Python list comprehensions vs. the way Ruby does things

Intent: Loop through a list of numbers and pick out the ones greater than 5, and multiply them by 100.  Return them as a list.

The Python way...

#!/usr/bin/env python
 
# Long explicit way:
result = []
for n in range(1,8):
    if n > 5:
        result.append(n*100)
print result
# result [600, 700]
 
# Concise way:
print [n*100 for n in [1,2,3,4,5,6,7] if n > 5]
# result [600, 700]

And the ruby way...

#!/usr/bin/env ruby
 
# Long explicit way:
result = []
(1...8).each do |n|
    if n > 5
        result << n*100
    end
end
p result
# result [600, 700]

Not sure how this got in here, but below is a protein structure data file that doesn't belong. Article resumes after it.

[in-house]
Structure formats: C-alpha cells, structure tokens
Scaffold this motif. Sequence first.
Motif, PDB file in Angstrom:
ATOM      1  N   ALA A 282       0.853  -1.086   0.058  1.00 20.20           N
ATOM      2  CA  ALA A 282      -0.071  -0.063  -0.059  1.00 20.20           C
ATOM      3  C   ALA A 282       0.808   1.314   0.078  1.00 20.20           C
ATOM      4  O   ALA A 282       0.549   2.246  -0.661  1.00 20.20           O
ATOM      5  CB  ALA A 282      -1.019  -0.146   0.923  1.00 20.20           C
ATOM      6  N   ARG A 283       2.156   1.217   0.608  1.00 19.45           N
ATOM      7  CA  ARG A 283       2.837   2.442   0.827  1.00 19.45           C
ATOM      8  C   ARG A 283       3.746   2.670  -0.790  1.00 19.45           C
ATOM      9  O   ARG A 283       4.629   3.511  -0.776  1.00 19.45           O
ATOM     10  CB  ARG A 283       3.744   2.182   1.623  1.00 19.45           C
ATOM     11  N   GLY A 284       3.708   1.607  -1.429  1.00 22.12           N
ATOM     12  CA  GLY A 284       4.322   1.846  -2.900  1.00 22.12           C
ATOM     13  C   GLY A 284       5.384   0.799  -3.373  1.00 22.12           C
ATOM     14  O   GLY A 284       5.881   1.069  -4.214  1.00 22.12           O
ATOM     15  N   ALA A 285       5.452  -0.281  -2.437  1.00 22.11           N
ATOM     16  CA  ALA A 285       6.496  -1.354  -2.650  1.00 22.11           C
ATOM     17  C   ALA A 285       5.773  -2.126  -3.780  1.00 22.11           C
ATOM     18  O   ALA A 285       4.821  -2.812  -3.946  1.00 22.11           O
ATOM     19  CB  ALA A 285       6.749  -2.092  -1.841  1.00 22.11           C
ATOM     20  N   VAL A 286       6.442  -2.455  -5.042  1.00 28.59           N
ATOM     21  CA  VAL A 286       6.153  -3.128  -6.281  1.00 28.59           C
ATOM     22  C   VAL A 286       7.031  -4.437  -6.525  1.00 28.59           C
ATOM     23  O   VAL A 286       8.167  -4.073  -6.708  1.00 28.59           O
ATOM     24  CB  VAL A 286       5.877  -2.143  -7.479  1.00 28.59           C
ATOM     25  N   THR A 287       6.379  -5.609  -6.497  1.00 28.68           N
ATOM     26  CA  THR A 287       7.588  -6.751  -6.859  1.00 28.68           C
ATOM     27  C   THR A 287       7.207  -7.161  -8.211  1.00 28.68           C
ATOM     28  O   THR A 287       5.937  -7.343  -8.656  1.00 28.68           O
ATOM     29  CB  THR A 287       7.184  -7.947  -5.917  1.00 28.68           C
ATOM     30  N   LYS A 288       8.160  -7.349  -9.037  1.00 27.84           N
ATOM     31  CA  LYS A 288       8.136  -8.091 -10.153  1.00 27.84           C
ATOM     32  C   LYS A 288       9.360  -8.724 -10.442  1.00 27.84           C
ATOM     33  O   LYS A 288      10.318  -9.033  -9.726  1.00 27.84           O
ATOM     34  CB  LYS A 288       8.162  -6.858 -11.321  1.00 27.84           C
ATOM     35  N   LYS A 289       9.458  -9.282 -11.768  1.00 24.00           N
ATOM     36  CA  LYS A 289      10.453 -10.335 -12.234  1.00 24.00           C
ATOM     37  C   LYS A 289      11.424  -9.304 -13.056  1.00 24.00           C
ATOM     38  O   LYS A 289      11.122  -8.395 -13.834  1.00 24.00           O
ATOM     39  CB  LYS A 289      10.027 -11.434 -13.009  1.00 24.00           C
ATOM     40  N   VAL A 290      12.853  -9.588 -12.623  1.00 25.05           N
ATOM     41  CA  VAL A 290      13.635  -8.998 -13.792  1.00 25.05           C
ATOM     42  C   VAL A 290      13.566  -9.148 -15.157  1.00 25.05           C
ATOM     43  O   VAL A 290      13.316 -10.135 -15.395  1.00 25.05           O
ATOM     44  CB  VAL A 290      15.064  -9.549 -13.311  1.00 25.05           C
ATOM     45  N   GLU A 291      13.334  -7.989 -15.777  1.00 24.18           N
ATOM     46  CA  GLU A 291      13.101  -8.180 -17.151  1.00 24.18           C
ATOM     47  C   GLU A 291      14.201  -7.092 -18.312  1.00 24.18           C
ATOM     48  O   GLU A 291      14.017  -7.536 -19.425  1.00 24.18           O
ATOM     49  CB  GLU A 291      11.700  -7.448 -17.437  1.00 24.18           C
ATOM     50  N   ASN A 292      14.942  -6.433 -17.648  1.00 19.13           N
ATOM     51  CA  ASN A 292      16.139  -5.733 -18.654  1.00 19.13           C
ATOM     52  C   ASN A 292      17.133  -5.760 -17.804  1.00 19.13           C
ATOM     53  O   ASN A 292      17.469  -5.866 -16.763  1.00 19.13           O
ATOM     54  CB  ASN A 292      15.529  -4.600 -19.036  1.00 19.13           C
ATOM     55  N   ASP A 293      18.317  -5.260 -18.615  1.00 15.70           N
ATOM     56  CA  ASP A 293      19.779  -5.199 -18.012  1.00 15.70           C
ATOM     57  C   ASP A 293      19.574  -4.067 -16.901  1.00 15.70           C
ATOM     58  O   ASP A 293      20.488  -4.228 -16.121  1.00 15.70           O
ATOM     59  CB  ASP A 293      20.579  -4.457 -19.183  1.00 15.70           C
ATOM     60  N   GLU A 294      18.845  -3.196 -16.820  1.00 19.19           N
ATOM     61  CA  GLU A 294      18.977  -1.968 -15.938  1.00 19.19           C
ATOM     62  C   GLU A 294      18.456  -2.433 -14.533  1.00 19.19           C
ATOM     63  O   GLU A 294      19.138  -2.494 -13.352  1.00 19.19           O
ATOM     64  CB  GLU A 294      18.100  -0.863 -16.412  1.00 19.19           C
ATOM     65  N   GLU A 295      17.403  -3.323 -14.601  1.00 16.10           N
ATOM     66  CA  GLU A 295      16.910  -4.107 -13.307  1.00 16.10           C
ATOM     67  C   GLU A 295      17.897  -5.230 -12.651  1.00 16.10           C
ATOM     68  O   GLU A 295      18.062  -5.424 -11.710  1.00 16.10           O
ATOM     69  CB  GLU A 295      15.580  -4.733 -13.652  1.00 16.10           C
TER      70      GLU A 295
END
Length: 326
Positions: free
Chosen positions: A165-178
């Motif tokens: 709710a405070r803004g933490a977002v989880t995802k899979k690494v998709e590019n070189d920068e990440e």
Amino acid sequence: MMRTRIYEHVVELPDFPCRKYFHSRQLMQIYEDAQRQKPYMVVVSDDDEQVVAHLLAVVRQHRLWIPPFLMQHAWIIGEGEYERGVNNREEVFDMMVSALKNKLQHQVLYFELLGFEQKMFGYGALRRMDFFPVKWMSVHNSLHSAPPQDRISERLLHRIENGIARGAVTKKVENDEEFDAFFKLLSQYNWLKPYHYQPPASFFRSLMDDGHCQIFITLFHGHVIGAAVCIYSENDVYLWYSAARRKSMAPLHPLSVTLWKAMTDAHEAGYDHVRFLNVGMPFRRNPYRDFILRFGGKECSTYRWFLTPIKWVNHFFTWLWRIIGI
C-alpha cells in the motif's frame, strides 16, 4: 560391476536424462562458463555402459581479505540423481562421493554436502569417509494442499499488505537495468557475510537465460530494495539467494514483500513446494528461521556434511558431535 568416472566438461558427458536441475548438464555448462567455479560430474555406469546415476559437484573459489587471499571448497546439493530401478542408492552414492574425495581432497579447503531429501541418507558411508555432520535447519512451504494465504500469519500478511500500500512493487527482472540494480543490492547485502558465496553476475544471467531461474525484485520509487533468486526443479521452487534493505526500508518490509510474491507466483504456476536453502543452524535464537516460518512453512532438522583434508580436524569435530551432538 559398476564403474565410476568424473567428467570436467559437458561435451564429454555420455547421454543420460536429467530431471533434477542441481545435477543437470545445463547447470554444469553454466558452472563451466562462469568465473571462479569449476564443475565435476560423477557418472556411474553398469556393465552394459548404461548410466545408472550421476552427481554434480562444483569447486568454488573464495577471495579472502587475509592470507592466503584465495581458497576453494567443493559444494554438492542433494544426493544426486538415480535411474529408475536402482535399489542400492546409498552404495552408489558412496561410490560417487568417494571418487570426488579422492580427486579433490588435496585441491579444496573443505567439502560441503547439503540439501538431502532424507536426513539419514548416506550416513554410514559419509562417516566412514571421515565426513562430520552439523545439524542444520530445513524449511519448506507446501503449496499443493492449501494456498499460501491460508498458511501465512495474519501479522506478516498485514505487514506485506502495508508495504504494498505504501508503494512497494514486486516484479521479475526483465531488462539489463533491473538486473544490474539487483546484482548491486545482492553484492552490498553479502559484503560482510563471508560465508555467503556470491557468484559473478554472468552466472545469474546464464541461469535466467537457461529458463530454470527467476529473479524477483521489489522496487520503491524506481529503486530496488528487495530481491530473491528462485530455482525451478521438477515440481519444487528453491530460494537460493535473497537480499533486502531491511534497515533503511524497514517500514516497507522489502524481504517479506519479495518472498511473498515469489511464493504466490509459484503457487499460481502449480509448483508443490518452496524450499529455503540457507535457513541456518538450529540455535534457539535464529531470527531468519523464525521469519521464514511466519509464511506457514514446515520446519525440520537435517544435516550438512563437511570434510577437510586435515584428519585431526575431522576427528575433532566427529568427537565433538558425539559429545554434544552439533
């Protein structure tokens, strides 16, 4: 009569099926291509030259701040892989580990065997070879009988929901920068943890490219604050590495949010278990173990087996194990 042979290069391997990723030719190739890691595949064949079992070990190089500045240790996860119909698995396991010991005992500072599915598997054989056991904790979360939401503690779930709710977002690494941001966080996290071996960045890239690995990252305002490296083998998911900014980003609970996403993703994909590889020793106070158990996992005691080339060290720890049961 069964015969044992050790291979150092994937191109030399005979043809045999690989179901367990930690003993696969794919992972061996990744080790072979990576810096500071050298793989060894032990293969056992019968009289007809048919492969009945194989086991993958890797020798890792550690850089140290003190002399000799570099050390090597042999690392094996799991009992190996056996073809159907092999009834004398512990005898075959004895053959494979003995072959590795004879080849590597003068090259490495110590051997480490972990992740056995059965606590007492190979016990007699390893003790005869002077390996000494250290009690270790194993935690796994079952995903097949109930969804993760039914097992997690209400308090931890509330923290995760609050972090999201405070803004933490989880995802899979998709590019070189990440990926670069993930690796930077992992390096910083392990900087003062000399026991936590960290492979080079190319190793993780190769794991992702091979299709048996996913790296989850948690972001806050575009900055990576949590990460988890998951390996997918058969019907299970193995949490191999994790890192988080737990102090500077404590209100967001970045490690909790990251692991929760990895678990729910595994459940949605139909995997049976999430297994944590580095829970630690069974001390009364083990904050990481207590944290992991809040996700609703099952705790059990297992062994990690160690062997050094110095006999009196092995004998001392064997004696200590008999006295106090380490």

# Concise way:
p [1,2,3,4,5,6,7].select{|n| n > 5}.map{|n| n*100}
# result [600, 700]
 

Thoughts:

It seems to me that the puzzle (such that it is) consists of two distinct stages. 

The first stage is to select items from the list and the second stage is to apply a transformation onto each selected element. 

I used to think that the python syntax was superior, but once you get around the idea of the two stages, the ruby syntax makes perfect sense too.

Also, I guess the “select + map idiom” is so common that the special python syntax wins in that it isn’t telling you how anything is being done – the “list comprehension” just reads better. 

The ruby version is a little more cryptic to the newcomer I guess and is telling you how everything is being done. 

The ruby version on the other hand is more general, and would allow other varieties of select/transform/manipulate to get plugged in, and you can have as many as you like e.g.

p (1..10).select{|n| n > 5}.map{|n| n+1}.delete_if{|n| n % 2 == 0}